13. I just had a really quick and easy quality of life suggestion regarding searching the handbook. I noticed that sometimes if you search for something, great example is "hammer", you get a massive list of all the nuggets in the game BEFORE it shows actual hammers/hammer heads. I think this is probably because the nuggets have "hammer" in their description, which is fine, but when searching the handbook I think we can all agree that names should be prioritized before descriptions.
  14. In my opinion, to make the blacksmithing feel "cooler", even just increasing the rate at which pieces cool off would go a long way. I'd like to see that implemented ASAP. As others have said, I've never, ever had to put anything back into the fire before. Don't get me wrong, it's great that we have to bang tool heads out at all - makes having the tool feel like a much nicer reward, but I think we could push the "work" required to make one just a little bit further. I mean, the metal tools last a long time anyways, so I think adding another 30 seconds of "work" to the process of making one isn't a huge ask. Not sure about the huge overhaul in general, but I'd definitely like to see the "more strikes = lower quality" and changes to cooling implemented at least as a start. Then we could play around with that and see how it feels, and see if we need to go further. I wouldn't make the time it takes to bang out a piece affect the quality though - take as much time as you want to figure out how to smash the shape out in as few strikes as possible, makes it more cerebral and like a puzzle.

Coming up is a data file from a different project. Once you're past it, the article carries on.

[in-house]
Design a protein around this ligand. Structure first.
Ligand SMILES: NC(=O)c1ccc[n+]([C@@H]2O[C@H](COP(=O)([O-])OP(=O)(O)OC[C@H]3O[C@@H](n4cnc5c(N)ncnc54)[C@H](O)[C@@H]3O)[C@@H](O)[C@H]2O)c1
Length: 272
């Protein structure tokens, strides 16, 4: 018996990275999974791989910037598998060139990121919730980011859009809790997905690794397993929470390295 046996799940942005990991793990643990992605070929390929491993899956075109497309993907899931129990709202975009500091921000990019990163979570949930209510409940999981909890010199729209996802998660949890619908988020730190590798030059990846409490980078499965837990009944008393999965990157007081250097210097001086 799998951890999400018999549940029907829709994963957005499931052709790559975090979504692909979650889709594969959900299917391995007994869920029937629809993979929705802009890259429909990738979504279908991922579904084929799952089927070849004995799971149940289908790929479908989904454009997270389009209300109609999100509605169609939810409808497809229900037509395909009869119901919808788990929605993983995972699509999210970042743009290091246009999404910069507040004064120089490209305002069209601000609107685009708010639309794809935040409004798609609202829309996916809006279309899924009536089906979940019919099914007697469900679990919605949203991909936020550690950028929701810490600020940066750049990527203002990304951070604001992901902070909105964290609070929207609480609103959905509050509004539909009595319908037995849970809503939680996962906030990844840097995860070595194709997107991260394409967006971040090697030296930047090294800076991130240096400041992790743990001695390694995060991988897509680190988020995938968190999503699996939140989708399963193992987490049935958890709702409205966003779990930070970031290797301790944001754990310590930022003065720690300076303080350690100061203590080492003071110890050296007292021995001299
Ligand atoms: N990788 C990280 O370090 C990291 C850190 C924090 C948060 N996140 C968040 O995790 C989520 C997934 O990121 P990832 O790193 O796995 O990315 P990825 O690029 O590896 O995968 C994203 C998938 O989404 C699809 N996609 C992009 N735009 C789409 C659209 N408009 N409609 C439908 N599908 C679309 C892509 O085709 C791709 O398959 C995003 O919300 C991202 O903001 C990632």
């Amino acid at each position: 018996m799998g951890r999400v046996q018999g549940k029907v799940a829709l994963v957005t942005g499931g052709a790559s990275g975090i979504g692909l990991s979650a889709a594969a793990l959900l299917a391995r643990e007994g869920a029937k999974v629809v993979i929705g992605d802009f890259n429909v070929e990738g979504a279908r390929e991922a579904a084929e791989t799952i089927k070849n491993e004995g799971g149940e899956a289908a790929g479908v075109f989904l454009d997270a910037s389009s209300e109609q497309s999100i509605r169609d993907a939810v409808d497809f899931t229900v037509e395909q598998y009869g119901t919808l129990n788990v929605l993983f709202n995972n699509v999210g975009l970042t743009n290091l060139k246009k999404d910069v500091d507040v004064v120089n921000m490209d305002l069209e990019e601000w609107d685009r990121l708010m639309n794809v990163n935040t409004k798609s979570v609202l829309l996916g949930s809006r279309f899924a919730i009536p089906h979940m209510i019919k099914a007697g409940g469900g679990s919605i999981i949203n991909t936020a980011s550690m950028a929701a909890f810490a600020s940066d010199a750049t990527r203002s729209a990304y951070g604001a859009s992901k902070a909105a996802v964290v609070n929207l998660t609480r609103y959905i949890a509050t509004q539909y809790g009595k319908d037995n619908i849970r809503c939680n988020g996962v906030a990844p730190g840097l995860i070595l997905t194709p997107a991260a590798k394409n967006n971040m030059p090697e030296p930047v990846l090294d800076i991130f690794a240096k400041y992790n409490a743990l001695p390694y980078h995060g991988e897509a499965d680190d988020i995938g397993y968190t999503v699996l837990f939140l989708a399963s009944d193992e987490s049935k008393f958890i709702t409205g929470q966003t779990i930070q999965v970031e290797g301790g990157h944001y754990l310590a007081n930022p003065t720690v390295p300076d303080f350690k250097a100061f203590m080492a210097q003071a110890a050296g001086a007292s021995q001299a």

15. As Redram says, I didn't mean to imply that every single piece of a machine would need constant tending to, however I hope you guys eventually agree that machines require some sort of maintenance that includes other established gameplay loops. Maintenance that requires active player participation, but is less "work" for the player overall than if they had to perform the automated task themselves. So it's an upgrade to your workflow, but isn't something that puts an end to the player needing to participate to keep things going. I suppose my worries come from looking at Minecraft, where the systems of automation (and a lot of the gameplay, to be honest) is really poorly conceived - redstone is just "magic infinite power" and once a task is automated, it simply removes gameplay. Of course, Minecraft has much larger problems than that right up front (like how easy it is to acquire ungodly amounts of food just by manual farming and thus defeat the purpose of survival right away) but, just for comparison's sake. As a small aside, I'm loving the game right now. I always wanted what amounted to a polished, standalone "terrafirmacraft: the game" that wasn't held back by the numerous issues Minecraft has and my input is born purely out of my excitement that such a game now exists. I've only had Vintage Story for 2 days and have already put in easily 10+ hours.